We actually made about 23 butterflies but I accidentally broke a couple when I lifted them before they were ready.
* When only six spots appeared and she was still full of life, I took Freya to the doctor who said she couldn’t be sure what it was. She was 50/50 between the pox and a different viral rash. I guess we will never know.
As a family, we quite often find ourselves rushing here, there and everywhere to try and fit everything in.
For the most part we have fun while we are doing it but sometimes we just need to ease up on the pace a little – and where better than the RSPB’s Strumpshaw Fen, where even this memorial bench had a lovely, gentle reminder, in Norfolk dialect, to slow down.
I feel a bit cheated that we’ve only just discovered this wondrous place (even though it’s my own fault for not visiting sooner). We are making up for it by visiting two weekends in a row.
The site is easily found by following the brown signs through the pretty village of Brundall into Strumpshaw and then turning down a thin country lane until you reach the car park.
To access the reserve you have to (very carefully) walk across a railway line, after that it feels like you’ve stepped into a completely different world with so many habitats, including reed beds, woodland and lush meadow, to enjoy.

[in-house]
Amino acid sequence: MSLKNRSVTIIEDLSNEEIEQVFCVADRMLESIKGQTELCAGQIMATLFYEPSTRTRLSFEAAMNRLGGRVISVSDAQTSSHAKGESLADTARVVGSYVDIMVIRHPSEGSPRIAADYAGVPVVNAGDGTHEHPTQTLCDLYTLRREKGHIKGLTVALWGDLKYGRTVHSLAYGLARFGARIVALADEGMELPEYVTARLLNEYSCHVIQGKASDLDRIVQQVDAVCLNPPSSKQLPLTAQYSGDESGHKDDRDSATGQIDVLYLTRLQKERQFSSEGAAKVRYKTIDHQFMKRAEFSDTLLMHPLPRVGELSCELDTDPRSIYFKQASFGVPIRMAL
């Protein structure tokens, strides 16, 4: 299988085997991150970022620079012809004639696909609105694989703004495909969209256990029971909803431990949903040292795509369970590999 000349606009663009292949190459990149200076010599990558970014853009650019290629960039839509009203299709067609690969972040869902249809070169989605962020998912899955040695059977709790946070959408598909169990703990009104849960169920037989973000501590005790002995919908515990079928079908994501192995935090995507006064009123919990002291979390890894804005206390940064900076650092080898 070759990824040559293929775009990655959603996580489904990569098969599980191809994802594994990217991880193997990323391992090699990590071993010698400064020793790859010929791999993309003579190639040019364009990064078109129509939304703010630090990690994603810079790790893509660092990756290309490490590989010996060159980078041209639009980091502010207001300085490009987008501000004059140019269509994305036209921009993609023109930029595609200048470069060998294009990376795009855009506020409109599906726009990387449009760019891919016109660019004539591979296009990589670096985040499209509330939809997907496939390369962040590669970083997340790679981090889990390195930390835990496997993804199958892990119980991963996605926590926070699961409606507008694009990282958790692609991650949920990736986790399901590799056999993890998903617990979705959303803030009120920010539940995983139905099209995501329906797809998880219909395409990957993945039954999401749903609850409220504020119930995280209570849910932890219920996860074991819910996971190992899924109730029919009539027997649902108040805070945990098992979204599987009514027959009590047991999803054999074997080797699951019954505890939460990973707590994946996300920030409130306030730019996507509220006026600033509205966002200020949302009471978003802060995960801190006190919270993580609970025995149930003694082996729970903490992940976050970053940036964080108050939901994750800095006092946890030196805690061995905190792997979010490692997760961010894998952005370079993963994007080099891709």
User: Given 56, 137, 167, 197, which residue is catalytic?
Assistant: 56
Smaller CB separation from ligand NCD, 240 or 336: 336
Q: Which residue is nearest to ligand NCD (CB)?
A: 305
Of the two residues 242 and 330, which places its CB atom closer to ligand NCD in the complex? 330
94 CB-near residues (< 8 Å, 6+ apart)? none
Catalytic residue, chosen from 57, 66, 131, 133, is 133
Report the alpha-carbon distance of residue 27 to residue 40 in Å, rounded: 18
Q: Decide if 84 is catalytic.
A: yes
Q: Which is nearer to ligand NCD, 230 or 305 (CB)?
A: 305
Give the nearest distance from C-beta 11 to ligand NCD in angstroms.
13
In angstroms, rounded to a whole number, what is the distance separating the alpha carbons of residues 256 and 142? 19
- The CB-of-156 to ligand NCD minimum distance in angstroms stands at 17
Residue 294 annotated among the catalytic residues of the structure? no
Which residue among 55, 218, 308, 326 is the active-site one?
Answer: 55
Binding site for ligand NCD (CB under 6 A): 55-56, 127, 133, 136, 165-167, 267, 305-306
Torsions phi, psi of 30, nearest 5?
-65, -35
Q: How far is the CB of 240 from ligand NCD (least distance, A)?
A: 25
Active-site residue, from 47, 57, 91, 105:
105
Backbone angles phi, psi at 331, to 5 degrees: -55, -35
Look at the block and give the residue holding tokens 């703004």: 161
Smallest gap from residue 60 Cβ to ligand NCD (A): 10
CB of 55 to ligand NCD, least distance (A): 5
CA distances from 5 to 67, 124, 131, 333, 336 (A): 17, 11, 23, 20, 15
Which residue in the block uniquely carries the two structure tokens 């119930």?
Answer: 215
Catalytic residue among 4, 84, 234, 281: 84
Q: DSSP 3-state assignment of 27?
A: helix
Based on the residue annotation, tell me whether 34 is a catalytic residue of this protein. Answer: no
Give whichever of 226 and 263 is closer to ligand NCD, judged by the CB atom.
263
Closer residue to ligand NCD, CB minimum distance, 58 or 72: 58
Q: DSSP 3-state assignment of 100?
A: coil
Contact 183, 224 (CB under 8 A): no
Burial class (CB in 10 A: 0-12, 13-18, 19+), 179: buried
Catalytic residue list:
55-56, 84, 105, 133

The second time we went, we hired an activity rucksack (£3) for Freya (they also do pond dipping kits).
She walked further than she ever has before while enjoying the contents of the bag, which included child-size binoculars, a magnifying glass, specimen jars and an assortment of handy guides. In fact we all had fun using the bits and bobs and loved it so much we made our own version when we got home to take to other places.
As well as lizards basking in the sun, we spotted numerous butterflies (orange-tip, brimstone, peacock, green-veined white, small white and small tortoise-shell) and our first damselfly of the year. And that’s before you even get to the birds!
Strumpshaw Fen is home to barn owls, bitterns, cetti’s warbler, kingfishers and marsh harriers to name just a few.
I haven’t really got a big enough lens to get the best photos of birds (that’s what I tell myself, anyway) but there was more than enough to keep me happily clicking away (especially on our last visit when the bluebells were out, which not only look amazing but smell divine).
There are two circular walks (although we just did a relatively short walk to the fen hide the first time and then the longer woodland trail the next). A meadow trail also opens at certain times of the year.
While the paths can get muddy, we managed fine with our buggy (although hardly used it, as it turned out). There are also several benches dotted about if you need a rest or just want to enjoy the tranquility.
The highlights change depending on the time of year and I personally can’t wait to visit in the summer and hopefully get the chance to photograph a swallowtail butterfly.
The reserve is open from dawn until dusk every day except Christmas. Reception is open from 9.30am – 5pm April-September and from 10am – 4pm October-March. Events are also run throughout the year (we enjoyed the Easter Trail).
RSPB members, under fives and carers accompanying registered disabled visitors are free. Non-members: Adults £3.50, students: £2.50, children (5-17 years): £1.50. One child per family goes free.
There are no dogs allowed (other than registered assistance dogs).
For more information, please visit the website by clicking here.